CONCLUSION

Results of this research revealed that prevalence of NDV antibodies was high in yolk of layers of this region. Chloroform extraction of yolk antibodies is a useful method for monitoring of immune response of layers against ND. These data may generally suggest that chloroform extraction is more reliable and efficient method for IgY isolation than ammonium sulfate precipitation.

SIGNIFICANCE STATEMENTS

This study discovers suitability of chloroform extraction for evaluation of NDV yolk antibodies. This study will help the researcher to uncover the critical areas of NDV yolk antibodies for diagnosis and therapy of infection.

ACKNOWLEDGMENT

This study was financially supported by Urmia University (grant no. 1505).

REFERENCES

  1. Alexander, D.J., 2000. Newcastle disease and other avian paramyxoviruses. Rev. Sci. Tech., 19: 443-462.
    CrossRef  |  PubMed  |  Direct Link  |  


  2. Miller, P.J., E.L. Decanini and C.L. Afonso, 2010. Newcastle disease: Evolution of genotypes and the related diagnostic challenges. Infect. Genet Evol., 10: 26-35.
    CrossRef  |  Direct Link  |  


  3. Alexander, D.J. and D.A. Senne, 2008. Newcastle Disease Virus and other Avian Paramyxoviruses. In: A Laboratory Manual for the Isolation, Identification and Characterization of Avian Pathogens, Dufour-Zavala, L. (Ed.). 5th Edn., Chapter 30, American Association of Avian Pathologists, Athens, GA., USA., ISBN-13: 9780978916329, pp: 135-141


  4. Miller, P.J. and G. Koch, 2013. Newcastle Disease. In: Diseases of Poultry, Swayne, D.E. (Eds.). 13th Edn., John Wiley and Sons Inc., New York, USA., pp: 89-107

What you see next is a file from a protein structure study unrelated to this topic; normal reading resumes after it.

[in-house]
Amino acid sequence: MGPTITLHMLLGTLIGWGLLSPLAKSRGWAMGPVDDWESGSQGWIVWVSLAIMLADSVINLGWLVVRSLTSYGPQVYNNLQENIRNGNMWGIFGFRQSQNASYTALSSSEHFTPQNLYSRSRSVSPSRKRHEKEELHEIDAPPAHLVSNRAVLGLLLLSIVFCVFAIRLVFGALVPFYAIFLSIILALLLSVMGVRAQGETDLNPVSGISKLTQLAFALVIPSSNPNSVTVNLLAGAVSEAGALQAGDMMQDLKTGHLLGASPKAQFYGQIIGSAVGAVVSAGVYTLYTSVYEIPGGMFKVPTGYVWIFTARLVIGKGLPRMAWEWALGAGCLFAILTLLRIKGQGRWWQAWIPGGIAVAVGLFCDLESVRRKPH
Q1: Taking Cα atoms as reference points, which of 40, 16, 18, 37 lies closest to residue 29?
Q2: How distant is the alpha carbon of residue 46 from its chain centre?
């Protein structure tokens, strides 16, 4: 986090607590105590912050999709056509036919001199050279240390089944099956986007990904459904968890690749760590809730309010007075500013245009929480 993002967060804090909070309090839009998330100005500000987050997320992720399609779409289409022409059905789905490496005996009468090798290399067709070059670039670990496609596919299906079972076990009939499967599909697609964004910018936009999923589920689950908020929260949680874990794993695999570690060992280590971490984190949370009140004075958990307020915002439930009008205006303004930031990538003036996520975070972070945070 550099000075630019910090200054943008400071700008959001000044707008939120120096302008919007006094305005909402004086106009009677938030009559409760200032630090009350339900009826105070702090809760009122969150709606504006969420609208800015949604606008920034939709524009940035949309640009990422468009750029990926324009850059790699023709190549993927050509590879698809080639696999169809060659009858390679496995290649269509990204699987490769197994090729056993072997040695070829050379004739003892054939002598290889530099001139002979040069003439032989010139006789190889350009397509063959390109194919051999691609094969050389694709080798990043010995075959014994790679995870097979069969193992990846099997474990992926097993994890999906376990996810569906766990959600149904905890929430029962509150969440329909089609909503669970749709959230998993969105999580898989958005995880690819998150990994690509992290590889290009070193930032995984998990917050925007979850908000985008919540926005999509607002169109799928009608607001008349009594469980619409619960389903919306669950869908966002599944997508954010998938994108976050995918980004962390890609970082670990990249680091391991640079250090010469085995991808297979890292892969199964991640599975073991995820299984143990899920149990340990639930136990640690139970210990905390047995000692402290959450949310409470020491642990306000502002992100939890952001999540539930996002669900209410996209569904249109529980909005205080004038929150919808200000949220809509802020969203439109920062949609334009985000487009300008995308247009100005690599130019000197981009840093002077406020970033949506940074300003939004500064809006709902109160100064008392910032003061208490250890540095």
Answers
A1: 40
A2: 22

5. Cattoli, G., L. Susta, C. Terregino and C. Brown, 2011. Newcastle disease: A review of field recognition and current methods of laboratory detection. J. Vet. Diagn. Invest., 23: 637-656.
    CrossRef  |  PubMed  |  Direct Link  |  


  6. Da Silva, W.D. and D.V. Tambourgi, 2010. IgY: A promising antibody for use in immunodiagnostic and in immunotherapy. Vet. Immunol. Immunopathol., 135: 173-180.
    CrossRef  |  Direct Link  |  


  7. Warr, G.W., K.E. Magor and D.A. Higgins, 1995. IgY: Clues to the origins of modern antibodies. Immunol. Today, 16: 392-398.
    CrossRef  |  Direct Link  |  


  8. Bollen, L.S. and J. Hau, 1996. Chicken eggs in polyclonal antibody production. Scand. J. Lab. Anim. Sci., 23: 85-91.


  9. Schade, R., E.G. Calzado, R. Sarmiento, P.A. Chacana, J. Porankiewicz-Asplund and H.R. Terzolo, 2005. Chicken egg yolk antibodies (IgY-technology): A review of progress in production and use in research and human and veterinary medicine. Altern. Lab. Anim., 33: 129-154.
    PubMed  |  


  10. Nasiri, K., M.R. Nassiri, M. Tahmoorespur, A. Haghparast and S. Zibaee, 2016. Production and characterization of egg yolk antibody (IgY) against recombinant VP8-S2 antigen. Polish J. Vet. Sci., 19: 271-279.